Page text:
Yes, in any kind of quality oriented production, finances permitting, you want to try and say at a reasonable "uncompressed" level of your master tracking and mixing. So everything should be done in ".wav" (PC) or "AIFF" (Mac) type uncompressed files. Your final mix, which should be uncompressed, can then be converted down, to any other lower "digitally compressed" distribution format, such as MP3, MP 4, Windows media, Quick Time, Real Media, etc..

    Again, the issue will arise of whether to record at 16, 24, 32-bit float? 44.1kHz, 48kHz, 88.2kHz, 96kHz, 192kHz? Or "DSD"? This issue is much like whether you should use a regular or premium gas in your car (unless you have a high compression engine which has nothing to do with digital sound). Whether you get around in a 1978 Toyota Corolla or 2007 Bentley. If you have a $40,000 recording contract? Go for the Bentley! If you have a $400 recording budget? Go for the 1978 Toyota. It's not that I can't hear the difference. It's a matter of practicality. What is necessary to do the job. Quality recording and mixing has nothing to do with equipment. And, although I have the Bentley (Neve), Rolls (API), Porsche (Neumann), Cadillac (Shure), (figuratively speaking). I frequently find that the (small capsule) Toyota, does the trick more efficiently than my gas guzzling (large capsule) Chevy van, (literally speaking).

    That is to say, I still frequently record at 44.1kHz, 16-bit. Why? When my equipment is capable of 24/32-bit float, 96kHz sampling? Because it's good enough, with a full tank. If a client wants 24 for 32-bit float, at 88.2 or 96kHz? No problem (but not with a one quarter tank). That's great, if your recording, is going to be released again in 20 years. But you're hearing will be 20 years older and you probably won't be able to appreciate it any more, anyhow.

    Practical, beautiful and a great mixer. Who could want more?
    Ms. Remy Ann David
  12. Thomas W. Bethel

    Thomas W. Bethel Well-Known Member

    Dec 12, 2001
    Oberlin, OH
    Home Page:
    We had a recent potential client and he want to master at 192 kHz and 32 bit. I asked him why and he told me "for the ultimate in quality". I do not have anything in house that will do 32 bits but I offered to listen to his stuff before he took it to someone with the requisite equipment. He brought the stuff over about two weeks ago and I listened to it. It was, to put it nicely, dreadful. It was distorted. over the top and a mess and it was some of the worst playing I have ever heard. Not wanting to dash this persons hopes I asked him why he wanted to get this mastered and his reply was "so the mastering engineer can make it sound good and LOUD" I wished him well and have not heard back from him as to how the mastering session went.

    I get calls all the time from people who want to master at 96 kHz and 24 bits but what they bring could have just as easily been done at 44.1 and 16 bits because it does not need the bandwidth or the dynamic range of what they recorded it at.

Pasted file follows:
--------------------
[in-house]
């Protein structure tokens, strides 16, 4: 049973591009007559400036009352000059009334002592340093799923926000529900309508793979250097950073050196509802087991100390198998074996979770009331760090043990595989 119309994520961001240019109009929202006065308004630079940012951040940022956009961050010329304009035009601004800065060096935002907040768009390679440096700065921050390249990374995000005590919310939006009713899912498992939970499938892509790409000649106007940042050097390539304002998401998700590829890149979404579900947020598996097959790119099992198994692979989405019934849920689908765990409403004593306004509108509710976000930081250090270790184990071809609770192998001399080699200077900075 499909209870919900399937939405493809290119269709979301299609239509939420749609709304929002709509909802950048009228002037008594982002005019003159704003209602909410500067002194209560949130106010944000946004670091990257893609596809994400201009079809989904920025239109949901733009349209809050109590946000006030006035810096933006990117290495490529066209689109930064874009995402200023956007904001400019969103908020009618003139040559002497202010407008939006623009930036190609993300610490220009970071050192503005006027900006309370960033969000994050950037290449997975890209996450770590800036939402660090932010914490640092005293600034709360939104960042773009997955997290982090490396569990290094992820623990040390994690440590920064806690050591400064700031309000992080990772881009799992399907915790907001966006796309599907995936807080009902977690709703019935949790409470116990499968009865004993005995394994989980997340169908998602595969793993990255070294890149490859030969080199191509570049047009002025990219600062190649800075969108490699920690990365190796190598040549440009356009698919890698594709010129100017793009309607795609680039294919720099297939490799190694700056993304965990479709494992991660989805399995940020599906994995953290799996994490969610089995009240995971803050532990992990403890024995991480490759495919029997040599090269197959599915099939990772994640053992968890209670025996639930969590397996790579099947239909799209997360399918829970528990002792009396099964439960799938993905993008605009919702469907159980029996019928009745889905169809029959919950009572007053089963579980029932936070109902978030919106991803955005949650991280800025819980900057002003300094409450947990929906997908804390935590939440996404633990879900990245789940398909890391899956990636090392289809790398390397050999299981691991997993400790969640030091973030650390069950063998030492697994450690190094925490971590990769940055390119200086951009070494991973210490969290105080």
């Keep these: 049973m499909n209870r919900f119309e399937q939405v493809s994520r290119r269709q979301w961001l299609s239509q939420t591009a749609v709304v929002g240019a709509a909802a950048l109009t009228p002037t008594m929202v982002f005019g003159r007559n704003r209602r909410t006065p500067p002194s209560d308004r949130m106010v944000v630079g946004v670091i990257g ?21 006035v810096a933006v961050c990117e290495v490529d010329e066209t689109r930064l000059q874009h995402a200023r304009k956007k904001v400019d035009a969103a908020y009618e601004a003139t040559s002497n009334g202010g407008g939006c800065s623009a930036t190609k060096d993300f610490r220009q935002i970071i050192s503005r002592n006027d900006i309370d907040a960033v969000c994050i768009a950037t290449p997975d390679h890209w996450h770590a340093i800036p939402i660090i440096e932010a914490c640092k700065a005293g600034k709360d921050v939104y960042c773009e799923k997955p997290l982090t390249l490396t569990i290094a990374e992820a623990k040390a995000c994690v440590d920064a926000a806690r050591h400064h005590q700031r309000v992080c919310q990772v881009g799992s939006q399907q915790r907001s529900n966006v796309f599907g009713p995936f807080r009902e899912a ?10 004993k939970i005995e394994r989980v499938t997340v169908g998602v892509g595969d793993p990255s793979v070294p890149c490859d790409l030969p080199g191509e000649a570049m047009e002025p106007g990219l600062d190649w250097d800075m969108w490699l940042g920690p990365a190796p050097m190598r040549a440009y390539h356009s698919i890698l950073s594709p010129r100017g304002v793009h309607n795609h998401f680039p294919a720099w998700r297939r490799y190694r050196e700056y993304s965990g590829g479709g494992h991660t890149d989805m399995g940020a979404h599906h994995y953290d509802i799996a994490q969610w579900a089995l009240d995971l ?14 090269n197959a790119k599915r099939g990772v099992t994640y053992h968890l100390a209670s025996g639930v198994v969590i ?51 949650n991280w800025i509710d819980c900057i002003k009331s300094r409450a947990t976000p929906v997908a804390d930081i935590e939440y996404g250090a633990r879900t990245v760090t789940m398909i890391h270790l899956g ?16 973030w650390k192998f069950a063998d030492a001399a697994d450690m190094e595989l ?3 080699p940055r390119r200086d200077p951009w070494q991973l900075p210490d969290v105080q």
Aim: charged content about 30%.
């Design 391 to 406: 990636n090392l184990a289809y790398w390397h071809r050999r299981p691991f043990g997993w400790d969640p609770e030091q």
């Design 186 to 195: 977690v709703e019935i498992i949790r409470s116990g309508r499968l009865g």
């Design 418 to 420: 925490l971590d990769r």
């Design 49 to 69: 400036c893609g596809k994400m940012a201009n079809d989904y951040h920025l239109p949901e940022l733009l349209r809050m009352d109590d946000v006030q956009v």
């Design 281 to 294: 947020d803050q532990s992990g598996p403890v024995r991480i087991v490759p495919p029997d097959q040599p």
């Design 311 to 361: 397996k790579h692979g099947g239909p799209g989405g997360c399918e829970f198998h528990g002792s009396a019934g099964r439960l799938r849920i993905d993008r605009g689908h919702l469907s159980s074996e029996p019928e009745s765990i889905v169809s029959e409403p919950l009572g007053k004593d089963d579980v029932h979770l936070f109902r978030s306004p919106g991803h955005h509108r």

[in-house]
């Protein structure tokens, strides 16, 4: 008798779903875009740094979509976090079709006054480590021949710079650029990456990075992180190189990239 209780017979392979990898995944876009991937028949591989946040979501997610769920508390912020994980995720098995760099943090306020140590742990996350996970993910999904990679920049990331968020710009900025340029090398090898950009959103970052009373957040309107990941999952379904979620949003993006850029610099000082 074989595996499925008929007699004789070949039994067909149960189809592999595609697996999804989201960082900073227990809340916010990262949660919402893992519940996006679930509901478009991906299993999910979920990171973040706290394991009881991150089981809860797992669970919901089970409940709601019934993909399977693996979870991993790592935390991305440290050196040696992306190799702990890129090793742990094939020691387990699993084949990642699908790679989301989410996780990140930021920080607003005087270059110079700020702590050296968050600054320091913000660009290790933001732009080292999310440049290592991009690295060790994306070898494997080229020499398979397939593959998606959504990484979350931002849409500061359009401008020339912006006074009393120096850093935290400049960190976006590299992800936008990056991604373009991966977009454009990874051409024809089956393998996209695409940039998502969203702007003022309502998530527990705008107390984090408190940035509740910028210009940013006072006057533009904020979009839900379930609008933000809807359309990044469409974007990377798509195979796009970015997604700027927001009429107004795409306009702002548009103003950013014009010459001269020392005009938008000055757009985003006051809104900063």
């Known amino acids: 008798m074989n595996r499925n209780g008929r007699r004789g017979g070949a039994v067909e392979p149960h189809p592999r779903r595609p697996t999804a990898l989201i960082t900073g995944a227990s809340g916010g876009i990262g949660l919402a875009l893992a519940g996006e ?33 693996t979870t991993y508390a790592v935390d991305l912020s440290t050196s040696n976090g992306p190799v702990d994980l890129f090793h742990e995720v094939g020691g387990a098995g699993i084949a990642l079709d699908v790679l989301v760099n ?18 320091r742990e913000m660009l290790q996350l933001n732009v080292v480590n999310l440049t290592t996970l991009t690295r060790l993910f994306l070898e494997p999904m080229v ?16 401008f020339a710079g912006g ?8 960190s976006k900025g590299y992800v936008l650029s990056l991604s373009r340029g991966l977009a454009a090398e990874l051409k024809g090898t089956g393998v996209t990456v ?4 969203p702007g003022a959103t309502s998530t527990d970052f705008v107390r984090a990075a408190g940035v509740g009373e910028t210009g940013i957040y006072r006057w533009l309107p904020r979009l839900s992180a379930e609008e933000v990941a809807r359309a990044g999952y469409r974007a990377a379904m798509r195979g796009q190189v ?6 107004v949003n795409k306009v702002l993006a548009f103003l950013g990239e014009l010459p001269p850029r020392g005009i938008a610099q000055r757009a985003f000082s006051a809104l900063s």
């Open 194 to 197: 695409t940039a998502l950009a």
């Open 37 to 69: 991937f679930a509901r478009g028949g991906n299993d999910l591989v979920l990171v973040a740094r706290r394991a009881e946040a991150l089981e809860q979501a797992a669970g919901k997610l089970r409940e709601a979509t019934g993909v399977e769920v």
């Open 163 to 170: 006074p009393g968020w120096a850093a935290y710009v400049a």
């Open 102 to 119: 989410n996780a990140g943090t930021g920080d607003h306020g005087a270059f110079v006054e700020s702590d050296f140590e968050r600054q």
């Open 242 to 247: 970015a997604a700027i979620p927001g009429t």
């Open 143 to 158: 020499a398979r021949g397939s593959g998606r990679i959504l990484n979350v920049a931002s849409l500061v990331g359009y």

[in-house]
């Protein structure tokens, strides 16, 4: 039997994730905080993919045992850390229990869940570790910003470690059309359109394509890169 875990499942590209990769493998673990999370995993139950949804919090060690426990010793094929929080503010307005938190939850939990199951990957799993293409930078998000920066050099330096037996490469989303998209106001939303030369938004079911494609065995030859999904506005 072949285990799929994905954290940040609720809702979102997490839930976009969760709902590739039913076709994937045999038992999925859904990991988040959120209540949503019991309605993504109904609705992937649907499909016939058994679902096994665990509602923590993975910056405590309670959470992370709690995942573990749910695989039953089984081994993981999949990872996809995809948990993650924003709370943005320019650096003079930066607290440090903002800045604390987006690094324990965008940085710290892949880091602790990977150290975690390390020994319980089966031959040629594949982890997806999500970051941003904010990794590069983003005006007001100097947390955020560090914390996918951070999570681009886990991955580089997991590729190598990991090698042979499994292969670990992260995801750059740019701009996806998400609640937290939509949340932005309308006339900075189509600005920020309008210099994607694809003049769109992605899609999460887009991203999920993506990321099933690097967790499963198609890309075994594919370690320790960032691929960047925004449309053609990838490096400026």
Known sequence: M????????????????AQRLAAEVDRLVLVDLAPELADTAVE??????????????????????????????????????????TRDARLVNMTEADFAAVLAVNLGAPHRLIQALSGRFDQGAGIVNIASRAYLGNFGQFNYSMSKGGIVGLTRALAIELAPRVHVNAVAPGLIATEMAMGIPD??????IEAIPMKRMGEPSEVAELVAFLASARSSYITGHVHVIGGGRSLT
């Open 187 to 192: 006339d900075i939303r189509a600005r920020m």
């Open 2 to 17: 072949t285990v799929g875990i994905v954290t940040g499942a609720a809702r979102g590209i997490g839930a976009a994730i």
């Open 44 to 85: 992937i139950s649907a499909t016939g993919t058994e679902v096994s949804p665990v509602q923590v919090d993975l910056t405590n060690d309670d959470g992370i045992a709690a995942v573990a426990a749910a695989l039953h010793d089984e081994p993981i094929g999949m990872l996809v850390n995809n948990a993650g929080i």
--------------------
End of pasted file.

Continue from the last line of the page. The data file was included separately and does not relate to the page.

I do a lot of classical recording and most times I try and record at the highest bit rate I can but I do it a 44.1 kHz because that is what it will be mastered at and sometimes the down converters add a component to the sound that I am not happy with.

    I guess what you are recording should dictate what you will use to record it and that includes the bit rate and sample rate.

    I agree with everything that RemyRAD has stated and as always is very good advice.
  13. jwillis79

    jwillis79 Active Member

    Jan 30, 2007
    st. louis, mo
    Home Page:
    It has been my experience that a lot of people feel that when we master we perform a miracle that will make the worst sounding track sound like a platinum hit. With a lot of artists i deal with, no offense to who they have record them but I'll tell them that I can come in and record, mix, and master in one process for them. I have found this to work best for the simple fact that a lot of people over do it when it come to mixing. Like Remy said KISS is very important, a lot of people feel that compressing a track is a good way to make it sound better, too much and you have ruined the track. Or like Thomas says people want higher bit or sample rates, doesn't really matter if you recorded at 44/16 and you want a finished product at 192/32.

    Mastering is an art just like playing piano, guitar, sax, etc. I know those that have been mastering for years will agree. Granted the best equipment does help, but plain and simple it a hit track can be done on fruity loops, then why can't a hit master be done on say CD Architect. I personally like to use wavelab and a few precise plugins. I like wavelab because I can use plugins that replicate the actual hardware that I would use. Now again you can have a full analog hardware set up and still your master not come out sounding good. So with all this being said, just as playing an instrument you have to find what you like to use and when you find that you have to figure out how you like to use it. I've mastered on a full console all the way down to a laptop. So I will say that you will determine what is best for you, but keep in mind that the best equipment is only as good as it's operator. If both of you are not seeing eye to eye then the master might sound good, but it's not what your looking for. Which is to me the hardest task of mastering. You can make a song sound a certain way, but if it's not what the artists likes then whats the point. All of these aspects need to be takin into consideration when mastering. You can make a track sound hot, but if it's not helping the feel of the song then.